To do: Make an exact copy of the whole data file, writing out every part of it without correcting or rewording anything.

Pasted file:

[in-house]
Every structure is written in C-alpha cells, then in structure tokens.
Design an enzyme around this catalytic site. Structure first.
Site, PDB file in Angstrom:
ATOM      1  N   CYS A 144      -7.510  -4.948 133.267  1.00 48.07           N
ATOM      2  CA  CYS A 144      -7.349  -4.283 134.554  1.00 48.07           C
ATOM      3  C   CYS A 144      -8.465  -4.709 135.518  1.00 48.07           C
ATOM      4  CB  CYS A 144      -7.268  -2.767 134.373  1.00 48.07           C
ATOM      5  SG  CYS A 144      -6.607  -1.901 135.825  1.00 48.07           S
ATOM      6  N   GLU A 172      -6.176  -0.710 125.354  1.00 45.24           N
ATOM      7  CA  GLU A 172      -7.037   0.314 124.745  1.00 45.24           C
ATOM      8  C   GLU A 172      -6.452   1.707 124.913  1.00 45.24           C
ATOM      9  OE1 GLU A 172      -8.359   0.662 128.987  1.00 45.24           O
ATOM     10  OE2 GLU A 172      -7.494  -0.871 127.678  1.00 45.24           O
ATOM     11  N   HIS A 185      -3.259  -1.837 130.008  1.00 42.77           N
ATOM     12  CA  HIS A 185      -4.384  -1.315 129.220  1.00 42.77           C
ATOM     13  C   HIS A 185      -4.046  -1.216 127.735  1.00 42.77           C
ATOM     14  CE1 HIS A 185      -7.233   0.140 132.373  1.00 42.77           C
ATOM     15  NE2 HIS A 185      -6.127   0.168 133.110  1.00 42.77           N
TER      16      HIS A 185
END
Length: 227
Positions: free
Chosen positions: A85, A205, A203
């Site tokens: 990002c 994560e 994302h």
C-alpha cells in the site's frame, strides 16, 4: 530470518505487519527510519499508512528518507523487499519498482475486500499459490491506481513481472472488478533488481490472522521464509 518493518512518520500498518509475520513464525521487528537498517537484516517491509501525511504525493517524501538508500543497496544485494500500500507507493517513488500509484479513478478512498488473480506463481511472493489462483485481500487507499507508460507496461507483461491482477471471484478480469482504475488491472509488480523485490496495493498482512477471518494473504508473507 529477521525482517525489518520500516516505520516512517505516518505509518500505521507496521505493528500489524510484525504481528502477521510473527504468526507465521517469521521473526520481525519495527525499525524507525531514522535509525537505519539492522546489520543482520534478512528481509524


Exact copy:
[in-house]
Every structure is written in C-alpha cells, then in structure tokens.
Design an enzyme around this catalytic site. Structure first.
Site, PDB file in Angstrom:
ATOM      1  N   CYS A 144      -7.510  -4.948 133.267  1.00 48.07           N
ATOM      2  CA  CYS A 144      -7.349  -4.283 134.554  1.00 48.07           C
ATOM      3  C   CYS A 144      -8.465  -4.709 135.518  1.00 48.07           C
ATOM      4  CB  CYS A 144      -7.268  -2.767 134.373  1.00 48.07           C
ATOM      5  SG  CYS A 144      -6.607  -1.901 135.825  1.00 48.07           S
ATOM      6  N   GLU A 172      -6.176  -0.710 125.354  1.00 45.24           N
ATOM      7  CA  GLU A 172      -7.037   0.314 124.745  1.00 45.24           C
ATOM      8  C   GLU A 172      -6.452   1.707 124.913  1.00 45.24           C
ATOM      9  OE1 GLU A 172      -8.359   0.662 128.987  1.00 45.24           O
ATOM     10  OE2 GLU A 172      -7.494  -0.871 127.678  1.00 45.24           O
ATOM     11  N   HIS A 185      -3.259  -1.837 130.008  1.00 42.77           N
ATOM     12  CA  HIS A 185      -4.384  -1.315 129.220  1.00 42.77           C
ATOM     13  C   HIS A 185      -4.046  -1.216 127.735  1.00 42.77           C
ATOM     14  CE1 HIS A 185      -7.233   0.140 132.373  1.00 42.77           C
ATOM     15  NE2 HIS A 185      -6.127   0.168 133.110  1.00 42.77           N
TER      16      HIS A 185
END
Length: 227
Positions: free
Chosen positions: A85, A205, A203
């Site tokens: 990002c 994560e 994302h």
C-alpha cells in the site's frame, strides 16, 4: 530470518505487519527510519499508512528518507523487499519498482475486500499459490491506481513481472472488478533488481490472522521464509 518493518512518520500498518509475520513464525521487528537498517537484516517491509501525511504525493517524501538508500543497496544485494500500500507507493517513488500509484479513478478512498488473480506463481511472493489462483485481500487507499507508460507496461507483461491482477471471484478480469482504475488491472509488480523485490496495493498482512477471518494473504508473507 529477521525482517525489518520500516516505520516512517505516518505509518500505521507496521505493528500489524510484525504481528502477521510473527504468526507465521517469521521473526520481525519495527525499525524507525531514522535509525537505519539492522546489520543482520534478512528481509524